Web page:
When Professor Lani Guinier passed away earlier this month, the announcements focused on the signal events in her life: her litigation as an LDF attorney of landmark voting rights cases, her shepherding through the 1982 amendments to the Voting Rights Act, the right-wing attack that caused President Clinton to pull her nomination to head the Civil Rights Division at the Justice Department, and her appointment as the first tenured black woman to the faculty of the Harvard Law School. However, as important as these milestones were, this focus obscures the ideas that animated her life—ideas that, while they were expressed through the law and conventional politics, were rooted in a lifetime of resistance to injustice.
Lani also knew the power of stories to elaborate her ideas and build community. She was an amazing storyteller, in person and writing. And she cultivated that practice in others. Lani would recount an episode from fourth grade in which she asked the teacher why they weren’t taught that Washington, Jefferson, and other founders were slave-holders. She wondered who the three-fifths clause protected and how interests once excluded could be expressed democratically. Beginning with those ideas and her experience as a black girl, she challenged injustice where she encountered it and began to understand that inequality was the water in which we swam. Inequality was the conventional wisdom, and the culture justified it. To make a change, you had to challenge what everyone knew, and you had to risk being labeled a troublemaker. You had to stand against the powerful.
So, what were her ideas? Why did the right willfully distort her views on democracy? It may have been as simple as looking for a way to wound the President. But, more likely, it was to keep her critique of what passed as democratic processes and what would be her vigorous defense of voting rights off the agenda. She understood that voting is just one moment in the democratic process; though crucial, it did not guarantee that each vote had the same weight. She proposed that we experiment with how votes are cumulated and look to democratic practices worldwide as examples. She understood that there was no sacred way of conducting elections; they need only ensure that power is not hoarded or monopolized. Certainly, voting was about belonging, but more importantly, it was about distributing democratic governance and ensuring accountability.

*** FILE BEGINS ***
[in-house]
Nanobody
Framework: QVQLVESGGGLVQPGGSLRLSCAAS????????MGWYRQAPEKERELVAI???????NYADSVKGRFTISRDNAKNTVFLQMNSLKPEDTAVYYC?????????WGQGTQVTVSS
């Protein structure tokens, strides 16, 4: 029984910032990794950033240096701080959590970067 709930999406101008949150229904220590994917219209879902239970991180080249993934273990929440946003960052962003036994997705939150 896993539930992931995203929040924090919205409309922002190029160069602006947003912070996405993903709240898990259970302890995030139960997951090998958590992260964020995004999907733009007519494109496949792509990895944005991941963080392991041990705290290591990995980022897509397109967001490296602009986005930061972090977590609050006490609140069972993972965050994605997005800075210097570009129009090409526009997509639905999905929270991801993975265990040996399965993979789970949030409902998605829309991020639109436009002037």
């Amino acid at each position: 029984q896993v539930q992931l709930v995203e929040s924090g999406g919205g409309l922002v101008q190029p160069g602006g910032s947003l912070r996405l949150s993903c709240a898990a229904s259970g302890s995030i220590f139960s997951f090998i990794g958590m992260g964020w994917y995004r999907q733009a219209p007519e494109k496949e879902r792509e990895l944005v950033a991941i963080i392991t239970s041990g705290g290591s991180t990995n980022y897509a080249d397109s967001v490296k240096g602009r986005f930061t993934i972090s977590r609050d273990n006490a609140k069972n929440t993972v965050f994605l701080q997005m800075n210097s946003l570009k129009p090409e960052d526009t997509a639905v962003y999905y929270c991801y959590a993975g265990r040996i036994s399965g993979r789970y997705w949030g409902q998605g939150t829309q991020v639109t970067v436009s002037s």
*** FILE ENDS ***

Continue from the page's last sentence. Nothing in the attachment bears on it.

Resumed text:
Her focus on democracy led her to challenge the institutional impediments to sharing power, including the meritocratic system that governs higher education. She understood that the problem democracy was supposed to solve could not be limited to the mechanics of voting but had to interrogate questions of power more broadly. Lani was not only about naming and calling out injustice. She called for reimagining justice and offered concrete ways to do just that. She did this in her move from testocracy to democratic merit, her focus on political race, her emphasis on racial literacy, and the paradigm of demosprudence. These concepts combined critique and affirmative vision, theory and practice, vision and realization. As a thinker, teacher, and advocate, she was both a trenchant critic and a visionary.
Of course, by looking at power, she was drawn to examine how authority was expressed. The systematic exclusion that she noted as a young girl had built-in distortions that cosmetic changes would not cure. But she also noticed something else. Aside from the elections apparatus, many political institutions were insulated from public accountability. Courts offered one venue to provide accountability, but courts themselves were not necessarily democratic guardians and, in fact, at times had to act contrary to the expressed democratic will. To justify this authority, the courts were required to preserve a deeper kind of democratic integrity.
This last idea gave rise to a concept we came to call demosprudence. Demosprudence is the study of how active civic engagement can produce durable legal changes. It is the study of how cultural transformation sometimes requires a correlative legal expression. This legal change can be accomplished through formal channels, or it can provide a new understanding of the meaning of existing legal categories. Importantly, it studies the complex social dialog that helps to animate and legitimize interpretations of existing rules or expose their infirmities. Through the mechanism of dissent, Lani showed how courts engage in this vital conversation. Importantly, they challenge the prevailing view and reinstitute dissent as an essential component of democratic lawmaking.
So, rather than understanding Professor Guinier’s work as a commentary on voting rights, you should instead appreciate her work on voting as an entry point into a far more serious and engaged inquiry into how we will make democracy work. And it will only work if power is more broadly distributed, robust avenues of accountability are maintained, and the public and the private are understood as complementary components of a democratic society. It’s not a coincidence that Lani’s work and ideas focused on two main arenas: politics and education. Both are central to democracy and to pursuing justice.